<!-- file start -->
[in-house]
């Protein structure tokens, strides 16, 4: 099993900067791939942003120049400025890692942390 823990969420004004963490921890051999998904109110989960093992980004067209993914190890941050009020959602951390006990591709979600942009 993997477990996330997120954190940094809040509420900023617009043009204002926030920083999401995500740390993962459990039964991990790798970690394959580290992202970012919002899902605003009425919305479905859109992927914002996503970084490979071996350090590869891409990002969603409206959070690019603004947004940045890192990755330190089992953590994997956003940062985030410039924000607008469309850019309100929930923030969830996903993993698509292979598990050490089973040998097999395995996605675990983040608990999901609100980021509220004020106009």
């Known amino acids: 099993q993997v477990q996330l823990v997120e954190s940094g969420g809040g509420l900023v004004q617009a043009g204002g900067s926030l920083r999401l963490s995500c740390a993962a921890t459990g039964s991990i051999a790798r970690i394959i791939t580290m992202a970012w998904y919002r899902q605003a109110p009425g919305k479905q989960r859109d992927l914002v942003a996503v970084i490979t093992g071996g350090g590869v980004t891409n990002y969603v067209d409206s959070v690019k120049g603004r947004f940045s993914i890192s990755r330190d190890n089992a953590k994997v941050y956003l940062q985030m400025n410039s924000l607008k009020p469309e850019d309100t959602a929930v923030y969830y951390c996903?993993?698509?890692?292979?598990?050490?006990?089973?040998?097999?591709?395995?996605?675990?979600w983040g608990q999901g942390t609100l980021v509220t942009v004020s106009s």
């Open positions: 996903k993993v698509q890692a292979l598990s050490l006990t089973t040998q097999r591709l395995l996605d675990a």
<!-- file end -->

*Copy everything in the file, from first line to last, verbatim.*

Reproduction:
[in-house]
């Protein structure tokens, strides 16, 4: 099993900067791939942003120049400025890692942390 823990969420004004963490921890051999998904109110989960093992980004067209993914190890941050009020959602951390006990591709979600942009 993997477990996330997120954190940094809040509420900023617009043009204002926030920083999401995500740390993962459990039964991990790798970690394959580290992202970012919002899902605003009425919305479905859109992927914002996503970084490979071996350090590869891409990002969603409206959070690019603004947004940045890192990755330190089992953590994997956003940062985030410039924000607008469309850019309100929930923030969830996903993993698509292979598990050490089973040998097999395995996605675990983040608990999901609100980021509220004020106009």
């Known amino acids: 099993q993997v477990q996330l823990v997120e954190s940094g969420g809040g509420l900023v004004q617009a043009g204002g900067s926030l920083r999401l963490s995500c740390a993962a921890t459990g039964s991990i051999a790798r970690i394959i791939t580290m992202a970012w998904y919002r899902q605003a109110p009425g919305k479905q989960r859109d992927l914002v942003a996503v970084i490979t093992g071996g350090g590869v980004t891409n990002y969603v067209d409206s959070v690019k120049g603004r947004f940045s993914i890192s990755r330190d190890n089992a953590k994997v941050y956003l940062q985030m400025n410039s924000l607008k009020p469309e850019d309100t959602a929930v923030y969830y951390c996903?993993?698509?890692?292979?598990?050490?006990?089973?040998?097999?591709?395995?996605?675990?979600w983040g608990q999901g942390t609100l980021v509220t942009v004020s106009s």
């Open positions: 996903k993993v698509q890692a292979l598990s050490l006990t089973t040998q097999r591709l395995l996605d675990a």